Two books I’ve read recently had quite an impact on me, and so I am sharing them with you.
The Remains of War, Surviving the Other Concentration Camps of World War II
by Pauline Kok-Schurgers
I forget where I read about this book. Someone, somewhere had read it and another iUniverse book and remarked that The Remains of War was well worth reading. The comments were intriguing enough that I bought it and read it. It’s one of the most affecting books I’ve read in a while, and more about that later. I’m sorry indeed that the publisher is iUniverse. It means the author has not made the money she could have or deserves. That said, I’m glad the book is out there to be read.
The story is about a young Dutch girl who, with her family, was interned in a series of Japanese concentration camps in Indonesia. It’s as harrowing and heartbreaking as you’d expect. The family survives, by the way which is what got me through the book, though the power of the words and language would probably have kept me reading. Kok-Schurgers was nine when she and her family were interned and twelve by the time they were liberated. The men, her father included, were sent to a different camp, so she was with her mother, two sisters and a brother.
It’s a powerful story, powerfully told.
At first, the language was just ever so slightly loose, but by the second chapter, Ms. Kok-Schurgers’s story utterly drew me in. Everything was immediate and visceral. It’s not told from a distance, instead we get an astonishing, living, breathing girl on these pages who is both aware of her flaws and learning who she is. The quote below is something said to her by an adult in the camp about a young boy also interned.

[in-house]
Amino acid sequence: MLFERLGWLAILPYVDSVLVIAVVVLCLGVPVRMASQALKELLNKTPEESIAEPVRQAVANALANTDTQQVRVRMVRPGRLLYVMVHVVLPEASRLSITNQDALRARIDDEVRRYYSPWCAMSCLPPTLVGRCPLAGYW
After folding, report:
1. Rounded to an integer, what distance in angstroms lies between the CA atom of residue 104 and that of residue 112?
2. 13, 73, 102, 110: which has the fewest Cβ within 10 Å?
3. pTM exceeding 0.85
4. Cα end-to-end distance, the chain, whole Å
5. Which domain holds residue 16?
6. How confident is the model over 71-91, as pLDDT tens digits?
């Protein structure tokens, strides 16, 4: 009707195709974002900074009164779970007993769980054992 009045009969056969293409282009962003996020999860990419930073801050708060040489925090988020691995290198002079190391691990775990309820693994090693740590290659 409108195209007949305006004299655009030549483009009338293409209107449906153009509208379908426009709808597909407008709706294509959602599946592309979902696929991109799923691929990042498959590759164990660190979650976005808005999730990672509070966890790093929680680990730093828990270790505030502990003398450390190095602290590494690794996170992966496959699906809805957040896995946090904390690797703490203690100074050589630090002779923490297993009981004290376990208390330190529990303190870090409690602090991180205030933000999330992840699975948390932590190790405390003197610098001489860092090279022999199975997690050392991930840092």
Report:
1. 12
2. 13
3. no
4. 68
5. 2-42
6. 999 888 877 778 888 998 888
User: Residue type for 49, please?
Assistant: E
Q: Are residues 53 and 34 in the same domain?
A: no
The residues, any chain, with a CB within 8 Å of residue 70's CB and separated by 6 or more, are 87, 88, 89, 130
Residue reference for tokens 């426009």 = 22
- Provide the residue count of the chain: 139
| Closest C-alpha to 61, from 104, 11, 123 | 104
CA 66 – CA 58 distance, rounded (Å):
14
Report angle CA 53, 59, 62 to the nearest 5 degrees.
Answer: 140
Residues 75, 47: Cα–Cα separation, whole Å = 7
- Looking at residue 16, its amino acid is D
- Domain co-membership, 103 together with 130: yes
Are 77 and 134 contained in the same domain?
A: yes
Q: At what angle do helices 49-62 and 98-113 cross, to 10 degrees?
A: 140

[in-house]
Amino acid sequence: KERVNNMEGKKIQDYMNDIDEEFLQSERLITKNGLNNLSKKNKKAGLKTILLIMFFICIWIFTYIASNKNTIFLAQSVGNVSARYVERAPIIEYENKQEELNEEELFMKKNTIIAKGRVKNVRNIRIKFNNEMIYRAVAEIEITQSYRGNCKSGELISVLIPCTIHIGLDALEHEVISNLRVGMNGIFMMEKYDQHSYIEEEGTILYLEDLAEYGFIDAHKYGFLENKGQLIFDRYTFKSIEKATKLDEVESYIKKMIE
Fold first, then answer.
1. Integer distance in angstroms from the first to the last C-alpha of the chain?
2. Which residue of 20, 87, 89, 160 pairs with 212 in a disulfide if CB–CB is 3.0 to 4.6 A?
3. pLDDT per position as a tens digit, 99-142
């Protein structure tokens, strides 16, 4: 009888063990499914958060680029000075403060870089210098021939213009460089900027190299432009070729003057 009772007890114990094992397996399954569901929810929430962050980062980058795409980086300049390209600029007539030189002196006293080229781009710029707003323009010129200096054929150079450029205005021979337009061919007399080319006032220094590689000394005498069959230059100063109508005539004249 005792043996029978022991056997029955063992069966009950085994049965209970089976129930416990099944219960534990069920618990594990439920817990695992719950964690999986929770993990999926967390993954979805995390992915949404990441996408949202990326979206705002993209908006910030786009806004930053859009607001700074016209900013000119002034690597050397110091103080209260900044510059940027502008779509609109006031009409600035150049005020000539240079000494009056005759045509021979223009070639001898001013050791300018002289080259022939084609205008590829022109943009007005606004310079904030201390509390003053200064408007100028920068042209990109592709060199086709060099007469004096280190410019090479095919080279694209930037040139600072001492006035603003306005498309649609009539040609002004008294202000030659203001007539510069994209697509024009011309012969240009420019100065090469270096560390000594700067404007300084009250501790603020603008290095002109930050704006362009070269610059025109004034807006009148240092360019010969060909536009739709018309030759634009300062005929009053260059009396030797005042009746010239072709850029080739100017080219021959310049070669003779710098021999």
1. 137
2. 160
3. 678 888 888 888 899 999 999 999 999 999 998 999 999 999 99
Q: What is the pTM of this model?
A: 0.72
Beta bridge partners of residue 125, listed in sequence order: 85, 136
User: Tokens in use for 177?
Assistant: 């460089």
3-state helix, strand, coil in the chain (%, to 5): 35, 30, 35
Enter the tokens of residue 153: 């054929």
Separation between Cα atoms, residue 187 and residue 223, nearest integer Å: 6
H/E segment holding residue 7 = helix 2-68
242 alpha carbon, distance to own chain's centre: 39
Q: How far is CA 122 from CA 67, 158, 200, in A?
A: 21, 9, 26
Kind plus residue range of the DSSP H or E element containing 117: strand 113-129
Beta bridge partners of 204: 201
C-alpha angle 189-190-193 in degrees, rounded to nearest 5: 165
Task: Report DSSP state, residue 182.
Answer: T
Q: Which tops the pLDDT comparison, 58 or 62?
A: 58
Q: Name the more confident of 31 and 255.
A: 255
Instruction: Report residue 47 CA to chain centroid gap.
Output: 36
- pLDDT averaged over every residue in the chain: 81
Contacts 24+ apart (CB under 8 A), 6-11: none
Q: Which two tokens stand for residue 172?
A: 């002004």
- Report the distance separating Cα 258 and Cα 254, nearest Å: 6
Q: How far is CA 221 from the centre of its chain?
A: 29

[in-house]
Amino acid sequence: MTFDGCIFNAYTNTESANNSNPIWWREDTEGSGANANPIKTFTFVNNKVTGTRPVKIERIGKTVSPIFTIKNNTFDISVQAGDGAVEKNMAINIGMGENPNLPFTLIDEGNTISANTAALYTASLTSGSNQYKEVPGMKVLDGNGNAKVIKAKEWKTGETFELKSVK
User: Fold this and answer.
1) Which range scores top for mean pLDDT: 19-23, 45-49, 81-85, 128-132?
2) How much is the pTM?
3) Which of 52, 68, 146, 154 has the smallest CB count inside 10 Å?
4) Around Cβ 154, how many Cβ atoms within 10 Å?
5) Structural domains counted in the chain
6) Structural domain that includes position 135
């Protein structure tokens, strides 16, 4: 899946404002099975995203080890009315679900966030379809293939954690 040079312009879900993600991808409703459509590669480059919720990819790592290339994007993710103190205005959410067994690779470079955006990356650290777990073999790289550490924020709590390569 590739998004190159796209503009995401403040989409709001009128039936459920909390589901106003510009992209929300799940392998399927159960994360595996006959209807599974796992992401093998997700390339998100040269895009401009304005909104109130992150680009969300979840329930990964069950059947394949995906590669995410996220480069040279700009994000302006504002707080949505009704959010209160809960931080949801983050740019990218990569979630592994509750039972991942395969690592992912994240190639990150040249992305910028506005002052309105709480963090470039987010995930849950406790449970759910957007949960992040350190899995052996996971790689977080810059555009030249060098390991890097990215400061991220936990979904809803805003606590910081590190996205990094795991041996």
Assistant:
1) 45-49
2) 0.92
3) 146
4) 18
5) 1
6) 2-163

“He liked the shadows, which gave him comfort and shelter, because light asked from him more than he was willing to give.”
Voices like that should not be forgotten. I’m glad I read this book. Other reviewers are right. This is an important text.
From Dust to Digital: Ten Years of the Endangered Archives Programme
Maja Kominko, Editor
Open Book Publishers
This work is from the British Library and describes several preservation programs dedicated to, as the title says, endangered archives. The forward is oh so slightly boring until it begins a discussion of the ways in which Western cultures have removed knowledge from indigenous populations, denied them access to their own heritage, and removed the artifacts from the very surroundings and people who gave the information meaning. The descriptions of the collections described in this volume are fascinating. This is wonderful, amazing material. Mind-blown. Myths exploded. Read it. Amazon Link